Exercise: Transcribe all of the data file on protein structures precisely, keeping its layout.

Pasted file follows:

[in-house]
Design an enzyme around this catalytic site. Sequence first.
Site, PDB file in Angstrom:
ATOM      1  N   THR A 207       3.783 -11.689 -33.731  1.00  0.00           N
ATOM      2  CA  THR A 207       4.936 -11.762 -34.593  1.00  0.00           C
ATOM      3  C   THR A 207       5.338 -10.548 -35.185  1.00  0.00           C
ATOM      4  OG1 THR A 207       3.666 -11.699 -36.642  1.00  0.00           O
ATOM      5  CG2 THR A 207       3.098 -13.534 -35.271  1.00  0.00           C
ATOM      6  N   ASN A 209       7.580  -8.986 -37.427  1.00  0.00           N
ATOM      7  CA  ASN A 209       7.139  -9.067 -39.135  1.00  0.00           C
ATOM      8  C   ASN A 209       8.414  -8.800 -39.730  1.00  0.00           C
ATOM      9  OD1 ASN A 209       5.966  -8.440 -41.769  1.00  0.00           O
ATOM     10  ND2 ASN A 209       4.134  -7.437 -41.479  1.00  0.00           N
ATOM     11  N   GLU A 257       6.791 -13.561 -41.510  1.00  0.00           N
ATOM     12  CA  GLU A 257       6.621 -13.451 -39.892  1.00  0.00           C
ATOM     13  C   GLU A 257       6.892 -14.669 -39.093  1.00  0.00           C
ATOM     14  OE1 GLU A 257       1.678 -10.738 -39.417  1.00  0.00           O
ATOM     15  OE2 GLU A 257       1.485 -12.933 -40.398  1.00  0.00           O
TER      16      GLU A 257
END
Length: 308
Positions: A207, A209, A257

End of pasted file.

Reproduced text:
[in-house]
Design an enzyme around this catalytic site. Sequence first.
Site, PDB file in Angstrom:
ATOM      1  N   THR A 207       3.783 -11.689 -33.731  1.00  0.00           N
ATOM      2  CA  THR A 207       4.936 -11.762 -34.593  1.00  0.00           C
ATOM      3  C   THR A 207       5.338 -10.548 -35.185  1.00  0.00           C
ATOM      4  OG1 THR A 207       3.666 -11.699 -36.642  1.00  0.00           O
ATOM      5  CG2 THR A 207       3.098 -13.534 -35.271  1.00  0.00           C
ATOM      6  N   ASN A 209       7.580  -8.986 -37.427  1.00  0.00           N
ATOM      7  CA  ASN A 209       7.139  -9.067 -39.135  1.00  0.00           C
ATOM      8  C   ASN A 209       8.414  -8.800 -39.730  1.00  0.00           C
ATOM      9  OD1 ASN A 209       5.966  -8.440 -41.769  1.00  0.00           O
ATOM     10  ND2 ASN A 209       4.134  -7.437 -41.479  1.00  0.00           N
ATOM     11  N   GLU A 257       6.791 -13.561 -41.510  1.00  0.00           N
ATOM     12  CA  GLU A 257       6.621 -13.451 -39.892  1.00  0.00           C
ATOM     13  C   GLU A 257       6.892 -14.669 -39.093  1.00  0.00           C
ATOM     14  OE1 GLU A 257       1.678 -10.738 -39.417  1.00  0.00           O
ATOM     15  OE2 GLU A 257       1.485 -12.933 -40.398  1.00  0.00           O
TER      16      GLU A 257
END
Length: 308
Positions: A207, A209, A257